Retailers have made significant investments in supply chain I.T. over the past decade. From 2010 to 2020, SAP alone collected over $223 billion in revenue. But a review of overall U.S. retail finances during that time suggests that supply chain technology investments have failed to deliver significant improvements in operating performance.
From 2011 to 2020, the combined retail sales of Walmart, Target, Kroger, The Home Depot and Dollar General increased from $590 billion to $904 billion — an average annual growth of 3.6%. Over the same period, cost of goods sold (COGS) as a percentage of sales varied from 25.62% to 26.17%, a narrow range of 55 basis points, with COGS as a percentage of sales peaking in 2017 and 2018. The ability of these retailers to manage COGS reflects the effectiveness of supply chain I.T. investments in helping to manage vendor and sourcing costs.
A look at selling, general and administrative (SG&A) costs paints a different picture. From 2011 to 2020, average SG&A as a percentage of sales increased 144 basis points, and was the primary factor in a 98-basis point decline in operating profit. In retail, payroll is the largest controllable expense. While detailed payroll information is not available for major retailers, some indication of the prevalent trends can be found in Bureau of Labor Statistics reporting. From 2011 to 2020, U.S. retail store operations staffing dropped by 17.5% (12.1% if 2020 is excluded due to COVID-19). During the same period, U.S. supply chain, warehouse and transportation staffing increased by 10.2%. The most pronounced increases were in management roles (16%). The wage differential between supply chain and store operations, with store operations offering lower wage rates, drives a net overall increase in retail payroll.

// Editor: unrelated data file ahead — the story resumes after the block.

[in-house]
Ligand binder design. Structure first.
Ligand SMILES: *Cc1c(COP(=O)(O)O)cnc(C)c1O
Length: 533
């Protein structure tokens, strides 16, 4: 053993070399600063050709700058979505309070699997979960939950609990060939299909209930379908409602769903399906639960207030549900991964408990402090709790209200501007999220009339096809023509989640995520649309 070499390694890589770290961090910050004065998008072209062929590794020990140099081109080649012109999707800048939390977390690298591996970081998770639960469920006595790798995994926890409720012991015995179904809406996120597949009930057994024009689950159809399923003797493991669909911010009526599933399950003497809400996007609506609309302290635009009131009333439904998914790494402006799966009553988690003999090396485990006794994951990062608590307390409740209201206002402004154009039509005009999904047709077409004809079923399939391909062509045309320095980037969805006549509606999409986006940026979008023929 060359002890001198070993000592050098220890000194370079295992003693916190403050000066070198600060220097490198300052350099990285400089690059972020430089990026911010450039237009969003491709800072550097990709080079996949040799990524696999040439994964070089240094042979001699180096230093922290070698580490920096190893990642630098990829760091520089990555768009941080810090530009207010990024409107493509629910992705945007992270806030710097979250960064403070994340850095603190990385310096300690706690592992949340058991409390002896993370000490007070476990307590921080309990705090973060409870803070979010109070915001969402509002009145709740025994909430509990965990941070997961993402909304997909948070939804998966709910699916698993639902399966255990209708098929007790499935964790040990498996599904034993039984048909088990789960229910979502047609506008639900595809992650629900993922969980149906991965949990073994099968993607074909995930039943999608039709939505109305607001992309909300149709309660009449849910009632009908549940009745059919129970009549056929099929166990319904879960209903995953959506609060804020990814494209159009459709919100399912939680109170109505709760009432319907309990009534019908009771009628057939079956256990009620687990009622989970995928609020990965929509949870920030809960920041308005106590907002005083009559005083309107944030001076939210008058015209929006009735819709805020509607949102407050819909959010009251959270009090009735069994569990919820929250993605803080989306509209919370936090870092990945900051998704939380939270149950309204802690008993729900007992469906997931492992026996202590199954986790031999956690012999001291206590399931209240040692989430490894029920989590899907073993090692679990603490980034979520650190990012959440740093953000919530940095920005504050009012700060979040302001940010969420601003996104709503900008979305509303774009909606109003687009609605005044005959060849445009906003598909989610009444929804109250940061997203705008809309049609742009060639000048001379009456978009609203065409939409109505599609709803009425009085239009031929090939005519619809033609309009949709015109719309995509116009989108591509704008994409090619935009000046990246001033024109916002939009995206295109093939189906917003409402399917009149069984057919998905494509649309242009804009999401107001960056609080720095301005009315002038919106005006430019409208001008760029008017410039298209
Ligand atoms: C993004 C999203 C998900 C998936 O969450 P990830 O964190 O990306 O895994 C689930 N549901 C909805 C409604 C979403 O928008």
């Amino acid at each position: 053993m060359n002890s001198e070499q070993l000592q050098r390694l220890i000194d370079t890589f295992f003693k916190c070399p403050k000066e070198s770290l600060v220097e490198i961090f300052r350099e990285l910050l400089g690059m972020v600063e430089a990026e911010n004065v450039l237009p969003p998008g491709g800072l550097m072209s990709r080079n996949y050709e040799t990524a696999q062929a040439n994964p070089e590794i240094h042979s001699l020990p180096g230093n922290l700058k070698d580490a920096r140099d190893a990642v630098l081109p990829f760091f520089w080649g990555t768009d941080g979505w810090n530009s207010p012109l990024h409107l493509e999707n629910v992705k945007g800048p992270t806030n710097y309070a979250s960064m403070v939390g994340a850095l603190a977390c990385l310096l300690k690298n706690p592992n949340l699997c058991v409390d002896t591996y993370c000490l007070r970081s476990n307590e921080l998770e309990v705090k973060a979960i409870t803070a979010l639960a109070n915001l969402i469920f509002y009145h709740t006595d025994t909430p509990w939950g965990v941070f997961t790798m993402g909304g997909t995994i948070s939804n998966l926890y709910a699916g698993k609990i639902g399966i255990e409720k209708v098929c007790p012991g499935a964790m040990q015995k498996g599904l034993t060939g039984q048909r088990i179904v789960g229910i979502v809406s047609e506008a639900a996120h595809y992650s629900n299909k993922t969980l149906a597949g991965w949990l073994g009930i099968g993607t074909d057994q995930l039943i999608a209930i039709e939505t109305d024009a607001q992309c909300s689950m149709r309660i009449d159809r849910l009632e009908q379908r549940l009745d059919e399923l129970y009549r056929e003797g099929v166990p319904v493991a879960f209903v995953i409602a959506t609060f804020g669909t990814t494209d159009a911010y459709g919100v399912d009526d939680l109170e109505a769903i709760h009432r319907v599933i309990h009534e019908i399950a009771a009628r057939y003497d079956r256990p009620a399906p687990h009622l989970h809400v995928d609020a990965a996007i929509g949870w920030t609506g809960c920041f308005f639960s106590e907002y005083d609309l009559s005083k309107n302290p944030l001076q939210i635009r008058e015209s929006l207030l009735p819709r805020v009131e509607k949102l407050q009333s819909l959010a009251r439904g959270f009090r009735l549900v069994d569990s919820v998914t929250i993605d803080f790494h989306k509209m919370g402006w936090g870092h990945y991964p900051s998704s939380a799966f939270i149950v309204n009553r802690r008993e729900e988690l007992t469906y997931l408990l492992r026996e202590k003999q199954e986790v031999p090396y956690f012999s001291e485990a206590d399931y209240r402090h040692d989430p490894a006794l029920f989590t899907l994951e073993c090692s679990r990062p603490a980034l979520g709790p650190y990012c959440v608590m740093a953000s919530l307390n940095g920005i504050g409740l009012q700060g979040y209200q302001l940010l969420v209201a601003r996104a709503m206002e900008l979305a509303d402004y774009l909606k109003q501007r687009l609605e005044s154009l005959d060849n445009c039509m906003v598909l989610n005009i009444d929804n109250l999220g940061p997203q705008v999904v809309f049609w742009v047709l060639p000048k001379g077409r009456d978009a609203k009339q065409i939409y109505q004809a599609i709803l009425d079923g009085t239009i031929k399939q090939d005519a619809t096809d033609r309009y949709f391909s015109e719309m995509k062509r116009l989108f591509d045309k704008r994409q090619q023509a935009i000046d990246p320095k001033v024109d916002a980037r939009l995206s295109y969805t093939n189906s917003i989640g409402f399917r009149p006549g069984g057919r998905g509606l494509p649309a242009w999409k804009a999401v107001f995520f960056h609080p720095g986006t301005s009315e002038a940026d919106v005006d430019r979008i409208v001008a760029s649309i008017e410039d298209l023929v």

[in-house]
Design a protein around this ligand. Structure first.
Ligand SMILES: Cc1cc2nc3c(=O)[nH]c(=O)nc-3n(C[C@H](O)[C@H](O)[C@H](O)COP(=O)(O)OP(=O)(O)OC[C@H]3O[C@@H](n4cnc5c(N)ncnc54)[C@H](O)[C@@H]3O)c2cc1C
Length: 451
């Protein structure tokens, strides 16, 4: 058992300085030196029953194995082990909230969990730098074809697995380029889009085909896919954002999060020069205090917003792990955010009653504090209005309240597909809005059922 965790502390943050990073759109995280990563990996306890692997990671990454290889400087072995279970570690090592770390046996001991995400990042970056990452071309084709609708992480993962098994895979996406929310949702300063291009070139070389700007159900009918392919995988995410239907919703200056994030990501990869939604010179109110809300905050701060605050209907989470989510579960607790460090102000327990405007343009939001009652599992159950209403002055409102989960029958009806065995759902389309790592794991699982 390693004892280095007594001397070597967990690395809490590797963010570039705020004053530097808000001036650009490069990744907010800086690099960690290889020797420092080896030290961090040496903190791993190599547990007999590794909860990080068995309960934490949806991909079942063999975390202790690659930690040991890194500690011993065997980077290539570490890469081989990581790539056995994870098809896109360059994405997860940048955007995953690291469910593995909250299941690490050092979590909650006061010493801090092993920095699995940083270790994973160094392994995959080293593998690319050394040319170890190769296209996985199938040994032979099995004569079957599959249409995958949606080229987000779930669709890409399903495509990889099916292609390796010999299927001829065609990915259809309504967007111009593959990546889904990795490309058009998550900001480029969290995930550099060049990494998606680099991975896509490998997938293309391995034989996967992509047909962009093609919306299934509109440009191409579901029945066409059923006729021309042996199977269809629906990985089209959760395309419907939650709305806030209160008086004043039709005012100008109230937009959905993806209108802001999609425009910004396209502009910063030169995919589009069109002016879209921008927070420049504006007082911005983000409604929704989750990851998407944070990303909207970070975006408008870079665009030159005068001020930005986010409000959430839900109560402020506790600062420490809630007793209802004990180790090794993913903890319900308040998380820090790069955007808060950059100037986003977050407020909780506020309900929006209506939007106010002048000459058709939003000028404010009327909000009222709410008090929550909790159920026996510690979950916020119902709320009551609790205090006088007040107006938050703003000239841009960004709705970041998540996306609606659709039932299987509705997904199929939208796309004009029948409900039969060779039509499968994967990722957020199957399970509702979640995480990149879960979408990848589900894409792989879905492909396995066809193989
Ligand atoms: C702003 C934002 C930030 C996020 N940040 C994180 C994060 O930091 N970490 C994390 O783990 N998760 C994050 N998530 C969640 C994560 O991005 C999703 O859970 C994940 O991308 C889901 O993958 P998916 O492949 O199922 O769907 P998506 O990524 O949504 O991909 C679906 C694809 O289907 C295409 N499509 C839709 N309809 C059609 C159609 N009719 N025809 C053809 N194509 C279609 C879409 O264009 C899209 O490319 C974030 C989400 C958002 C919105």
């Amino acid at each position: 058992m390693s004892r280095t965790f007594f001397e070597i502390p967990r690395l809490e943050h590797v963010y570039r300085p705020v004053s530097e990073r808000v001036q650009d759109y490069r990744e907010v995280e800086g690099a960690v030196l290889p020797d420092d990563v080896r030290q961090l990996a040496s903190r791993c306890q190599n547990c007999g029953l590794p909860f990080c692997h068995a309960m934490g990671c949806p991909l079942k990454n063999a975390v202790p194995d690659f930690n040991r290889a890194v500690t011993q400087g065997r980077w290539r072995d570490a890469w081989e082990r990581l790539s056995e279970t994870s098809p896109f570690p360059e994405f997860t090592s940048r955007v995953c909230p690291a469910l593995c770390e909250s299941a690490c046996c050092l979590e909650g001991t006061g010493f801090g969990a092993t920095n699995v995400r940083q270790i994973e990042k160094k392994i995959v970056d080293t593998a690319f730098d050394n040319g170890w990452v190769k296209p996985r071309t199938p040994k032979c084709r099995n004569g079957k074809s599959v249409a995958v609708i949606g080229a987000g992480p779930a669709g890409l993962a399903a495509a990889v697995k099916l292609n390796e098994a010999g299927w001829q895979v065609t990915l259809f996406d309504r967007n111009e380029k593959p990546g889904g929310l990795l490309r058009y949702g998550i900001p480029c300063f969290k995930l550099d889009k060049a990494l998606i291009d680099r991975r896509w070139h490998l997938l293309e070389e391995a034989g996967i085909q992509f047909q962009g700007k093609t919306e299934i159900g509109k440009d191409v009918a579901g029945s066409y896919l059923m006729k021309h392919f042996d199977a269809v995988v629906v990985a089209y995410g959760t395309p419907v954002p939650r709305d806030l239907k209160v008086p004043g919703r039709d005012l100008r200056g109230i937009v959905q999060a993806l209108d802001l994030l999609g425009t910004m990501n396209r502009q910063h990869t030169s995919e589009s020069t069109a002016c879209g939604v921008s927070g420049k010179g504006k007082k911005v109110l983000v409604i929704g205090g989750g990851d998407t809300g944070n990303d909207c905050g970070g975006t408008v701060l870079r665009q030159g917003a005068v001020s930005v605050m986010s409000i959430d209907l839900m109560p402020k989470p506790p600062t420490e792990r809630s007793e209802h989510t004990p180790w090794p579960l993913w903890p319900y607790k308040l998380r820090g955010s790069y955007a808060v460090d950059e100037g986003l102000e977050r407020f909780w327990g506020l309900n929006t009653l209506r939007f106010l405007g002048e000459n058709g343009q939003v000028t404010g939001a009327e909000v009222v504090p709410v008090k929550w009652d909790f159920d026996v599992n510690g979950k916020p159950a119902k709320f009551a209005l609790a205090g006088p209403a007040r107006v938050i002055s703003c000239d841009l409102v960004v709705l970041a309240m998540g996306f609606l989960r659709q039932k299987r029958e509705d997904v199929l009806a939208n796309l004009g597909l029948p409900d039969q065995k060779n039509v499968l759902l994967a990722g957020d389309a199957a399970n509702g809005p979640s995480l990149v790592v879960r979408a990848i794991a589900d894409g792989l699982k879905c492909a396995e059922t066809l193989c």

Supply chain I.T. will continue to be a critical retail enabler going forward. To ensure that retailers reap the cost benefits of I.T. investments, they should adopt the following best practices:
In 2022 we can expect retailers to accelerate the pace of retail supply chain I.T. investment. While some technology investments are competitive table stakes, retailers would be wise to focus on investments that improve financial operating performance. Retailers need to leverage I.T. to improve future internal supply chain operations in the same way that I.T. has driven historical gains in sourcing and cost of goods sold.
Tony Gray is director, Supply Chain as a Service, at Tata Consultancy Services (TCS).
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